The Taiga Cordillera Ecozone is a land of magnificent beauty. It is a mountain stronghold of towering peaks, untamed rivers slicing their way between sheer rock walls, broad windswept uplands dominated by alpine and arctic shrubs and flowers, plus vast wetlands and spruce-lined valleys that support many kinds of wildlife. This land hosts some of Canada's largest waterfalls, deepest canyons, and wildest rivers.
Straddling the Yukon-Northwest Territories border, this ecozone contains the northernmost arc of the Rocky Mountain chain. To the northwest are expansive wetlands and rolling hills that stretch to the Beaufort coast. Treeless arctic tundra dominates its northern reaches and gives way to a mix of alpine tundra and lowland forests farther south. "Cordillera" refers to the series of mountain ranges and valleys that form this ecozone's rugged interior. Here the mark of forces that create and destroy mountains can be clearly seen in the record of the rocks.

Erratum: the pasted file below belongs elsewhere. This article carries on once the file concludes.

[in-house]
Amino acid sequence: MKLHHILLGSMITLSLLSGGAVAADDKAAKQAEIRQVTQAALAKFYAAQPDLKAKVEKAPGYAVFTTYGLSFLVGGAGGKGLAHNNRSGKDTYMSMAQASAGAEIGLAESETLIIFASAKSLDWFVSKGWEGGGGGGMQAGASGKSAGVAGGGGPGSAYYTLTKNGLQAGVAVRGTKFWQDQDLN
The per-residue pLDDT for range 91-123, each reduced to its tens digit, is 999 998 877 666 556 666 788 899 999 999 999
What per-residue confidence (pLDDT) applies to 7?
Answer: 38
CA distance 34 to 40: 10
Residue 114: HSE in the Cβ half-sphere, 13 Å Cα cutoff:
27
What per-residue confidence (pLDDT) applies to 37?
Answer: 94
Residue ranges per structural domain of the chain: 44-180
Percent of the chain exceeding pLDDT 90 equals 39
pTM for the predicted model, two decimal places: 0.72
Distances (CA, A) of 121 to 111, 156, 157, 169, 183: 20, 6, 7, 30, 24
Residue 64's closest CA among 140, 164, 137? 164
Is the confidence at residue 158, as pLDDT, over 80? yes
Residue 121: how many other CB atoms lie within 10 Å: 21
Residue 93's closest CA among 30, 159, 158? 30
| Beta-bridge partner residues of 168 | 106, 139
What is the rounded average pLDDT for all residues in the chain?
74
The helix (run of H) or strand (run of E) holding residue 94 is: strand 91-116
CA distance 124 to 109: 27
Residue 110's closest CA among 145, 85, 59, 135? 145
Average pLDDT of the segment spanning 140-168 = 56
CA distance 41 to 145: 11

The diverse habitats, from valley bottoms to mountain tops, support a wide range of mammals, including two kinds of caribou and bears. The birds that nest here include a mixture of species typical of the Arctic and Subarctic, as well as eastern and western Canada.
The earliest human inhabitants of this area migrated across the Bering land bridge during the decline of the last ice age about 12 000 years ago. An ice-free corridor paralleling the Mackenzie Mountains allowed early colonization by the Athapaskan ancestors of today's Slavey, Mountain Dene, and Gwich’in peoples. Industrial developments related to this area's rich oil, gas, and mineral reserves are few, and the northwestern rim of the country remains a vast wilderness area.